One sure-fire way to please investors is to raise earnings guidance for the year. On Friday, shares of Merck (NYSE:MRK) were up over 8% after the pharmaceutical giant did just that and also had a class action lawsuit thrown out against it on the same day.

The new guidance is for earnings to come in at $2.75 to $2.85 per share for 2007. This is the second time Merck raised its earnings estimates for the year, after first estimating 2007 earnings to come in at $2.36 to $2.49 per share back in December.

Not withstanding a recommendation against its cox-2 inhibitor pain drug candidate, Arcoxia, last week by an FDA advisory panel, Merck has had a long string of positive regulatory, clinical trial, and competitive environment changes this year. It's been gaining the upper hand on the majority of Vioxx lawsuits, and its novel diabetes compound Januvia has had a strong introduction to the market.

When Merck first raised earnings guidance in February, I figured another upwards revision was probably in the works, considering that Merck had probably penciled in Novartis' (NYSE:NVS) rival diabetes treatment Galvus being on the market this year and affecting Januvia sales.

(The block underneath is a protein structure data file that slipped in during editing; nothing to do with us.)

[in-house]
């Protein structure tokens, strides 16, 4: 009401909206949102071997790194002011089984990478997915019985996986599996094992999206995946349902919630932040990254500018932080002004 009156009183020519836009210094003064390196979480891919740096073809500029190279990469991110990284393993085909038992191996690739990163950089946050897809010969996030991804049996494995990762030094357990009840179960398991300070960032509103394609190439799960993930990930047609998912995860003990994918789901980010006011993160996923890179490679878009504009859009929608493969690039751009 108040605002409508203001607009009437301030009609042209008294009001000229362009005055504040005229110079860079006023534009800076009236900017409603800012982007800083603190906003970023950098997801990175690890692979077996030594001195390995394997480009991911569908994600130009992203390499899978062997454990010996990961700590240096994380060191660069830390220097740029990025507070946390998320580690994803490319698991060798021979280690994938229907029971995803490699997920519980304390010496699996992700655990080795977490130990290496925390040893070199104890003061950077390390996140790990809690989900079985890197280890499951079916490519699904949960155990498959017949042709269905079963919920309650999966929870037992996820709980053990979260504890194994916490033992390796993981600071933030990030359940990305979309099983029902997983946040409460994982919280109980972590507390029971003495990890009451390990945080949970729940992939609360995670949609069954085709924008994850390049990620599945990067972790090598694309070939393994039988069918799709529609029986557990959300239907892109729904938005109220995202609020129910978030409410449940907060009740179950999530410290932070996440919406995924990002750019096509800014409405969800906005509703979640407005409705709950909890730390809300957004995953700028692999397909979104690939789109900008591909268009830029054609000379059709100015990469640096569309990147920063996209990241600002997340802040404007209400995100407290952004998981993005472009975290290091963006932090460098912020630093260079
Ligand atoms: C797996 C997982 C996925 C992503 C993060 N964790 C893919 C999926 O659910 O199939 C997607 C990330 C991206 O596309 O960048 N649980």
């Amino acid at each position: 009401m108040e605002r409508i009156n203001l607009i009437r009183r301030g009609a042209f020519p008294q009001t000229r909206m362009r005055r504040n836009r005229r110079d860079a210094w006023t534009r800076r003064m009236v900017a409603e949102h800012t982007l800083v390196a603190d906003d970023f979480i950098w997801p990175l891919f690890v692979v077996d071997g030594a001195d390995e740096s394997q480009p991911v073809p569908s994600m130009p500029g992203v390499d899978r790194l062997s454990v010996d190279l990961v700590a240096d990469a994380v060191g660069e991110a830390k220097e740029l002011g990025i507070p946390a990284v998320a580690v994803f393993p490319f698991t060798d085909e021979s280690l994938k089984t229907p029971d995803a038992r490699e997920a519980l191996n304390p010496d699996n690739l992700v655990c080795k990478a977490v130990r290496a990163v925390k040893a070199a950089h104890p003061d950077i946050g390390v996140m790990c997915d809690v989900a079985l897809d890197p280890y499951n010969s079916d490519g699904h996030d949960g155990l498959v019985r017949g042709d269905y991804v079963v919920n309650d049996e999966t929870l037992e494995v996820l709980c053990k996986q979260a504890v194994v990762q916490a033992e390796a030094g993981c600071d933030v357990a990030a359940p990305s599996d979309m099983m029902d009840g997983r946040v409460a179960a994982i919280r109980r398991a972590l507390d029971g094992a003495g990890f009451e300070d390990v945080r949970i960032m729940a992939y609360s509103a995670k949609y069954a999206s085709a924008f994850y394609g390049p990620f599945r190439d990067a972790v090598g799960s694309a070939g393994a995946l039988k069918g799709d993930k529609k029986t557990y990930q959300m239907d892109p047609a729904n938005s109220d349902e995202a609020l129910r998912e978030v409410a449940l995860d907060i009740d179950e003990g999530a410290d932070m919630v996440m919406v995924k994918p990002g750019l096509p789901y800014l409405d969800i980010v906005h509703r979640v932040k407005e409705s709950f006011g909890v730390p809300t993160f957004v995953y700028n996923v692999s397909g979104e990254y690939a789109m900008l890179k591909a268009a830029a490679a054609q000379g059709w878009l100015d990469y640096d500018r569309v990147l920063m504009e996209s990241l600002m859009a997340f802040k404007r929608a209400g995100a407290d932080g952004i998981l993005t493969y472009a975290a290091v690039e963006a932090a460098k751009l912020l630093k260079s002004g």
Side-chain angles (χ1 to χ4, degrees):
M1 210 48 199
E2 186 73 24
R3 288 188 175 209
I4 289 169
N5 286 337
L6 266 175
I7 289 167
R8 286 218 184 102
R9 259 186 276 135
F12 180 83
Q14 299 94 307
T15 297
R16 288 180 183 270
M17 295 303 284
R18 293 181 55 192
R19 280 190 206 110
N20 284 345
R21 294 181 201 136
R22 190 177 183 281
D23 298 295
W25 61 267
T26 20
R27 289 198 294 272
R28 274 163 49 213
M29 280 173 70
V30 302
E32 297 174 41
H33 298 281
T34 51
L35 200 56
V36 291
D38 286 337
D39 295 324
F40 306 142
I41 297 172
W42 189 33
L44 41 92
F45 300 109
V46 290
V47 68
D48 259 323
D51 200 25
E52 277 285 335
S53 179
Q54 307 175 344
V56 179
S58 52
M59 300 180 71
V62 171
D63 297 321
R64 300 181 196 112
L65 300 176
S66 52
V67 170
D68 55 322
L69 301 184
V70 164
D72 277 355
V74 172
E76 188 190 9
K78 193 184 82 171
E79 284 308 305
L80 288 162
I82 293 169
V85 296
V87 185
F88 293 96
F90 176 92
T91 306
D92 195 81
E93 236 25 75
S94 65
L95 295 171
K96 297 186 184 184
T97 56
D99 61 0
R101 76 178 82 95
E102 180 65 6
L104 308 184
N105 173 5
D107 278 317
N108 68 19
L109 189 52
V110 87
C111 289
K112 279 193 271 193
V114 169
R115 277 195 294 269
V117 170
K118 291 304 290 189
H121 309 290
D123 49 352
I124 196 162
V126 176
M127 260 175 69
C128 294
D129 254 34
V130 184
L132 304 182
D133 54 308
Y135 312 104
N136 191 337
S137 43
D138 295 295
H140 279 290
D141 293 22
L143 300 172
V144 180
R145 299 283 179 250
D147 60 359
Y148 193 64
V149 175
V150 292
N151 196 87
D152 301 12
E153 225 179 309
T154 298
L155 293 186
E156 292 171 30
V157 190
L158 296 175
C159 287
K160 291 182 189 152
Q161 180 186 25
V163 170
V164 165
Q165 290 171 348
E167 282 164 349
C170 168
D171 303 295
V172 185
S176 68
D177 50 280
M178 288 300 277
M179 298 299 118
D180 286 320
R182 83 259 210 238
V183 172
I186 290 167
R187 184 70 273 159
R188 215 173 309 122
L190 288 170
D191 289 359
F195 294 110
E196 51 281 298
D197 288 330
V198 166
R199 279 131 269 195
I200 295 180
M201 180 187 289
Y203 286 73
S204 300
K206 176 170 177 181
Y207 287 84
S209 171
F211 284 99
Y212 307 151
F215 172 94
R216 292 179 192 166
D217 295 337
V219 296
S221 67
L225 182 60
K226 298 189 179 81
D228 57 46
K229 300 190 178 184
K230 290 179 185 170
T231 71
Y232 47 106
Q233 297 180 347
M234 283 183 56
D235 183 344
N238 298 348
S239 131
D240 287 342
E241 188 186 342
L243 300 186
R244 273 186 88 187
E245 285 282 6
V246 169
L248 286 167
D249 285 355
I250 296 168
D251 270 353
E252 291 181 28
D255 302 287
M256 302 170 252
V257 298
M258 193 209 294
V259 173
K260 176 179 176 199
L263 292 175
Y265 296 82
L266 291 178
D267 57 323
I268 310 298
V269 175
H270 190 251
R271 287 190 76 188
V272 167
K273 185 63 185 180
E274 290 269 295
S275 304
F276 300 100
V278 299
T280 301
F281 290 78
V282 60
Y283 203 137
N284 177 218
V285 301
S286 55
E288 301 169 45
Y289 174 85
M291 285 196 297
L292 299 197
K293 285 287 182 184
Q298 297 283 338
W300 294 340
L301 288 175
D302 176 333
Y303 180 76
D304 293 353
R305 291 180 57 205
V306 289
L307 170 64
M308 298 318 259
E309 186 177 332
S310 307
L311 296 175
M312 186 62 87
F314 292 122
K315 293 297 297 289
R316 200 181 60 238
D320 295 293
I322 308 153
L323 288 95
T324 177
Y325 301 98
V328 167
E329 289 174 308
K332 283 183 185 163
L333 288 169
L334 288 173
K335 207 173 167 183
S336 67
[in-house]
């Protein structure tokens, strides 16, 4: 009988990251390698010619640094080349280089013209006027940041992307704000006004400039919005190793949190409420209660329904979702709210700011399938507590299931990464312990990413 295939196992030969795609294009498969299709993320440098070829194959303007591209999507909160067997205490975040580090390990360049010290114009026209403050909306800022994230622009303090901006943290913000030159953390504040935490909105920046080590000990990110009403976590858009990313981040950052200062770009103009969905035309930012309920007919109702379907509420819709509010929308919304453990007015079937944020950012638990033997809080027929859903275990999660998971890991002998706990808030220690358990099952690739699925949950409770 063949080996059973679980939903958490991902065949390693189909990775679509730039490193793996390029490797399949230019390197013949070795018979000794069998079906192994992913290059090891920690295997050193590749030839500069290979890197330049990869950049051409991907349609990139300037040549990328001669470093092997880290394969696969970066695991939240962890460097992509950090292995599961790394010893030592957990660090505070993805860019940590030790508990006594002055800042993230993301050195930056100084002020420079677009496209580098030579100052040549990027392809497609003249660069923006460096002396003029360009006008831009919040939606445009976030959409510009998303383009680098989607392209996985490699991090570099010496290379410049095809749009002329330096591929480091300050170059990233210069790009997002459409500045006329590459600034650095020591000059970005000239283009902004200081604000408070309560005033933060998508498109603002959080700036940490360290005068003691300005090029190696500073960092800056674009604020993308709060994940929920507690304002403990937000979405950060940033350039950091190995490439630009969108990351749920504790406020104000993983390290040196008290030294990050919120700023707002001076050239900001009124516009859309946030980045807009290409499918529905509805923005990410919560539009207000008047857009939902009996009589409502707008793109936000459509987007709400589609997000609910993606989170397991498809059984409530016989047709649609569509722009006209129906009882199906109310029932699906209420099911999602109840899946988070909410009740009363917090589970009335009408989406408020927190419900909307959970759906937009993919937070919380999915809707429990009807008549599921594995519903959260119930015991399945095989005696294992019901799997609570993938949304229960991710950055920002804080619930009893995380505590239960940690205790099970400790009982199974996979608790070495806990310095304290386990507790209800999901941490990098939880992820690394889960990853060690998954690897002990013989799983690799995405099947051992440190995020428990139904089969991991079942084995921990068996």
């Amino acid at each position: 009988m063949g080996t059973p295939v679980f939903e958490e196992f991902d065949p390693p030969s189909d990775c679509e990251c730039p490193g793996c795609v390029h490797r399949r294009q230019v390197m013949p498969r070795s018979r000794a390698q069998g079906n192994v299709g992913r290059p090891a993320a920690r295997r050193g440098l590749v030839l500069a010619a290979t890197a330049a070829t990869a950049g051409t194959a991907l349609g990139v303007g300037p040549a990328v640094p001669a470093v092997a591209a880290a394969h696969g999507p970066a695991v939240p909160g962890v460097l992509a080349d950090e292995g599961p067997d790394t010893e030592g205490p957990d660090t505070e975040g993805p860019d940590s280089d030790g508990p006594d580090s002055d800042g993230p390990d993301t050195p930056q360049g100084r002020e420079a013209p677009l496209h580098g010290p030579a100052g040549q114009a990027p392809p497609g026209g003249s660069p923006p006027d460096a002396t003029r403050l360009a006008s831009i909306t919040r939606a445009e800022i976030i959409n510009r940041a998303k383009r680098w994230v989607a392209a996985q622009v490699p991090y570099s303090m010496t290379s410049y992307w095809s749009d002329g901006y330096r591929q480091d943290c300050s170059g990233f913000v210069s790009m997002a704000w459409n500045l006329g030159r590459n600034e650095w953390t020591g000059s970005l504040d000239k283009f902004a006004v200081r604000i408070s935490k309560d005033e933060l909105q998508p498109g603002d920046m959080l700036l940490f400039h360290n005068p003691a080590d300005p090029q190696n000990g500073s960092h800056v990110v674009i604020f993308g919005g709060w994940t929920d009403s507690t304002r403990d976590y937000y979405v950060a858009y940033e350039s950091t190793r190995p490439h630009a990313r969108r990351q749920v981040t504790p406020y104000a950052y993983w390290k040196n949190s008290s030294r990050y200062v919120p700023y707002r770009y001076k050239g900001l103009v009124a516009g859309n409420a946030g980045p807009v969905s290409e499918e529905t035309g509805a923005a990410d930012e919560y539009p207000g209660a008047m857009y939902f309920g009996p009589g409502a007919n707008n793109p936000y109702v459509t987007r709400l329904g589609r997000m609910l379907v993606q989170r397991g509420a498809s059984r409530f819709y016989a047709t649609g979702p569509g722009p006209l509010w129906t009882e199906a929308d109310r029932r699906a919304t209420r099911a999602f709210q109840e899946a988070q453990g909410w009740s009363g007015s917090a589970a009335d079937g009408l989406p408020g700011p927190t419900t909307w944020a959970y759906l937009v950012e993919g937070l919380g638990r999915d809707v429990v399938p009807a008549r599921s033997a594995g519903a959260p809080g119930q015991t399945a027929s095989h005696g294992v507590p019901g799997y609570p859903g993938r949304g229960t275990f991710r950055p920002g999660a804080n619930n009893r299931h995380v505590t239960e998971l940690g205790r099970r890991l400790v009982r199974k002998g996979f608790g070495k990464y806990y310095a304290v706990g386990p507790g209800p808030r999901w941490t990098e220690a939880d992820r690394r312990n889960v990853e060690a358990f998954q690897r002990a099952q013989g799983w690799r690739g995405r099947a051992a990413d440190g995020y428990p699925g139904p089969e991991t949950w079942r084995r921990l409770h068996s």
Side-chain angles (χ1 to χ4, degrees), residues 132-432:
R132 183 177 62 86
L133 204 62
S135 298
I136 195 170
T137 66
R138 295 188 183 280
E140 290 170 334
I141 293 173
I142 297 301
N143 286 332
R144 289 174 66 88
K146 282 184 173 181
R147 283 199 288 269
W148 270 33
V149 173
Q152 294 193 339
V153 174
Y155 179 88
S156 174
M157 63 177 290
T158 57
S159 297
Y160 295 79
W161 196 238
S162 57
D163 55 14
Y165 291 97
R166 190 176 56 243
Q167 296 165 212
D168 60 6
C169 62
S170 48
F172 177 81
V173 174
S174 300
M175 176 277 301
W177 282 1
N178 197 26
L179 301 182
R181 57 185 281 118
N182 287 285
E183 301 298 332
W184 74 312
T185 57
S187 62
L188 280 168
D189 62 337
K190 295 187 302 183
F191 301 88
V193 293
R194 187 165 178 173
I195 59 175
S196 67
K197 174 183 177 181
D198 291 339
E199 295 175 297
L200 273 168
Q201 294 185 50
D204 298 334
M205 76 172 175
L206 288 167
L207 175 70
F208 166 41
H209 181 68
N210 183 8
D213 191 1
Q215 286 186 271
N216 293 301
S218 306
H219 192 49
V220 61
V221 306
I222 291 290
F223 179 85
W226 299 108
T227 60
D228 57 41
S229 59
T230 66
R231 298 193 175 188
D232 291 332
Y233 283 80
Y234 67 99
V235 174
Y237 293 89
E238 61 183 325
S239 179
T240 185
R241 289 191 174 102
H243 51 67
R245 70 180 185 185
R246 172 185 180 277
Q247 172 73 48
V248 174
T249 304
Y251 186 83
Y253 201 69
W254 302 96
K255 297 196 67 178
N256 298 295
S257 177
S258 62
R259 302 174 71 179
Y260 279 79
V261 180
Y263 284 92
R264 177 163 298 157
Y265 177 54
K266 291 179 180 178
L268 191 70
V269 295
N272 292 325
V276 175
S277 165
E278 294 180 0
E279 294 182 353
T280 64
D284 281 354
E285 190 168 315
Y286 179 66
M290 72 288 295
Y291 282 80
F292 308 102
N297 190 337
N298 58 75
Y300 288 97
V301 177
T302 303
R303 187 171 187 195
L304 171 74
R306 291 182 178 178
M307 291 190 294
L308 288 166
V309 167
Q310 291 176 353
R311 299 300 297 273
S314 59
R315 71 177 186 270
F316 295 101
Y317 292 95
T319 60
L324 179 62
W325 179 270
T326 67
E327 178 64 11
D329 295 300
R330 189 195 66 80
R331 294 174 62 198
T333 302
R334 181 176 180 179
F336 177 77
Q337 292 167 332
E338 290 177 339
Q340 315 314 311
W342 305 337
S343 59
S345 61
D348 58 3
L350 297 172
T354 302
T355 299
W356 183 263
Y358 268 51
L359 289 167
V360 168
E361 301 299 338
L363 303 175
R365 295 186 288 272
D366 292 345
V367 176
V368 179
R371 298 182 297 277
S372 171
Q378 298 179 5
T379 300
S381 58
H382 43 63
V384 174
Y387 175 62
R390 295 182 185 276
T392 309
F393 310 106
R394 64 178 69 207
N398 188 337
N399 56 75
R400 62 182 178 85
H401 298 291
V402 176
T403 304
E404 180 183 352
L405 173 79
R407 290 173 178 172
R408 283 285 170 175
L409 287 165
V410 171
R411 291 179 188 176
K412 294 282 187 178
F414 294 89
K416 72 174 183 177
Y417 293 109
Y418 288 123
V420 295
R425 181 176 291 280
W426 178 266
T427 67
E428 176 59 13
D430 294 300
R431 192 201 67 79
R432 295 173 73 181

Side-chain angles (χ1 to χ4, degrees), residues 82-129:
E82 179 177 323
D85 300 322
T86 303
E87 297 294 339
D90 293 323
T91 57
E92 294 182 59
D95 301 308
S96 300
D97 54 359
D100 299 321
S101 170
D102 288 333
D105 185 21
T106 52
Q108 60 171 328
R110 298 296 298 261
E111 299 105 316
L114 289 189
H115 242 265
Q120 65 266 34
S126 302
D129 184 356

The upward earnings revision is the culmination of the above encouraging developments and provides a nice headwind going into a much more difficult second half of this year and 2008. That's when Merck will be facing generic competition on more of its top products and a new competitor against its potential blockbuster human papillomavirus vaccine, Gardasil.

Merck reports final first-quarter financial results on Thursday, and while the valuation on shares of Merck isn't as compelling as it was several months ago, investors could do worse than looking at this best in class pharma.

Looking for more Foolish drug stock coverage? Check out the Fool's market-beating Rule Breakers newsletter. You can check out all our recommendations as well as get access to our message boards and exclusive content with a 30-day free trial.

Fool contributor Brian Lawler once raised the roof at a party and does not own shares of any company mentioned in this article. Merck is a former Income Investor selection. The Fool has a disclosure policy.